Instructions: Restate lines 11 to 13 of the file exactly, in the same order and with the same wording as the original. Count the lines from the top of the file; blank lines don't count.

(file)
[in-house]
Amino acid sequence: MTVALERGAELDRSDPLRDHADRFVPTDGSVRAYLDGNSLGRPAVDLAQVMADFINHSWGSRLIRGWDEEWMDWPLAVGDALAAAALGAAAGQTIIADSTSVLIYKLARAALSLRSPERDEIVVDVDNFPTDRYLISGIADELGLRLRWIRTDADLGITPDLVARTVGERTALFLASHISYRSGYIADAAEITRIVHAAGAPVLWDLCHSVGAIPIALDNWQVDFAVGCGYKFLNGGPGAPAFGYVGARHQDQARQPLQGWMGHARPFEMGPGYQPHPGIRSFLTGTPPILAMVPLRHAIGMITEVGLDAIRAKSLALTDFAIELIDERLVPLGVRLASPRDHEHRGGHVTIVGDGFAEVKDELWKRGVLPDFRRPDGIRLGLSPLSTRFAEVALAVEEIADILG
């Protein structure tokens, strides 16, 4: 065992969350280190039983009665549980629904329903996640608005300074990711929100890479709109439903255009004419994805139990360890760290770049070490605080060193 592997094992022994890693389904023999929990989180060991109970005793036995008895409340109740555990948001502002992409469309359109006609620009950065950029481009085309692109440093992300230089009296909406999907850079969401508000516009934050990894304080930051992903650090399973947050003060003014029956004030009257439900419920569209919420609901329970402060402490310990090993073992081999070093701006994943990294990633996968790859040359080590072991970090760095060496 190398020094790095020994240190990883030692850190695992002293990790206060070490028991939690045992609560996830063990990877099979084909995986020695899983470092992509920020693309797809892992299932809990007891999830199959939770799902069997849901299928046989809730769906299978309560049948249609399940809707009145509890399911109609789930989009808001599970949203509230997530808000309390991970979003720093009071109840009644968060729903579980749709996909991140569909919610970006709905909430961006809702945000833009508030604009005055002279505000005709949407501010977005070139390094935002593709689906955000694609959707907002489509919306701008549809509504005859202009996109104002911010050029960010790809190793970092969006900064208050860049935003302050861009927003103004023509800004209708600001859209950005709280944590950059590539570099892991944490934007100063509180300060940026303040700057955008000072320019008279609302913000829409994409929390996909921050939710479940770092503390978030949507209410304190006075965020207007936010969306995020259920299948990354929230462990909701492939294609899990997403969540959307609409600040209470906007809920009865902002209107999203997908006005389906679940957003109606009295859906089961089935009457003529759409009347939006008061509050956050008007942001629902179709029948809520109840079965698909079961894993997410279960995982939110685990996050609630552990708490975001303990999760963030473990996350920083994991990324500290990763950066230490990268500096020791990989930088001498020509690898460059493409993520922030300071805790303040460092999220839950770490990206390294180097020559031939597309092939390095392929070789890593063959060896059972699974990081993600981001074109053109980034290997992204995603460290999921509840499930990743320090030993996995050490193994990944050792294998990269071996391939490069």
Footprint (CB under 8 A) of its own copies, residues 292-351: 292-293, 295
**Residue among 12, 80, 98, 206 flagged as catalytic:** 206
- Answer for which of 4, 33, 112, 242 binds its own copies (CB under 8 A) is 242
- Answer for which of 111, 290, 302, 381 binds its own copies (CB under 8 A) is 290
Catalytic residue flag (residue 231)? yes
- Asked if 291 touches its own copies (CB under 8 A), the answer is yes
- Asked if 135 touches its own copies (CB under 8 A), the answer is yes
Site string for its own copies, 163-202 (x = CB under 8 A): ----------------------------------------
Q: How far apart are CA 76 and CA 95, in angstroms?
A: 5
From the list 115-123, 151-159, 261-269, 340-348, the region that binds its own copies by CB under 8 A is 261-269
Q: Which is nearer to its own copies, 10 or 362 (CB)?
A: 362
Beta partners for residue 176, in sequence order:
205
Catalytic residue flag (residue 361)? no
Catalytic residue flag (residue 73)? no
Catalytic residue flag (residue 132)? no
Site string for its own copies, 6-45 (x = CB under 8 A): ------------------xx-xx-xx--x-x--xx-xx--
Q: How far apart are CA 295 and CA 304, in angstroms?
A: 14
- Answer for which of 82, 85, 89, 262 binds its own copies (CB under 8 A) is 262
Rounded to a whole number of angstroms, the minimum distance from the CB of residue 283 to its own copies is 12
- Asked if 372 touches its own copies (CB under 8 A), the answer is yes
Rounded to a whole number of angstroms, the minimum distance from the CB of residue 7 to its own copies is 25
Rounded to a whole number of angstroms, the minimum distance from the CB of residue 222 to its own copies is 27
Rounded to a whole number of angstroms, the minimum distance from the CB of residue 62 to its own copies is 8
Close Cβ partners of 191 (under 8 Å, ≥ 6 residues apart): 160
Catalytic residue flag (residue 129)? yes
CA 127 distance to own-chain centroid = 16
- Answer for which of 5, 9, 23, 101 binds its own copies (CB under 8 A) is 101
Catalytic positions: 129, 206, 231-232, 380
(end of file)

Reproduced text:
Site string for its own copies, 163-202 (x = CB under 8 A): ----------------------------------------
Q: How far apart are CA 76 and CA 95, in angstroms?
A: 5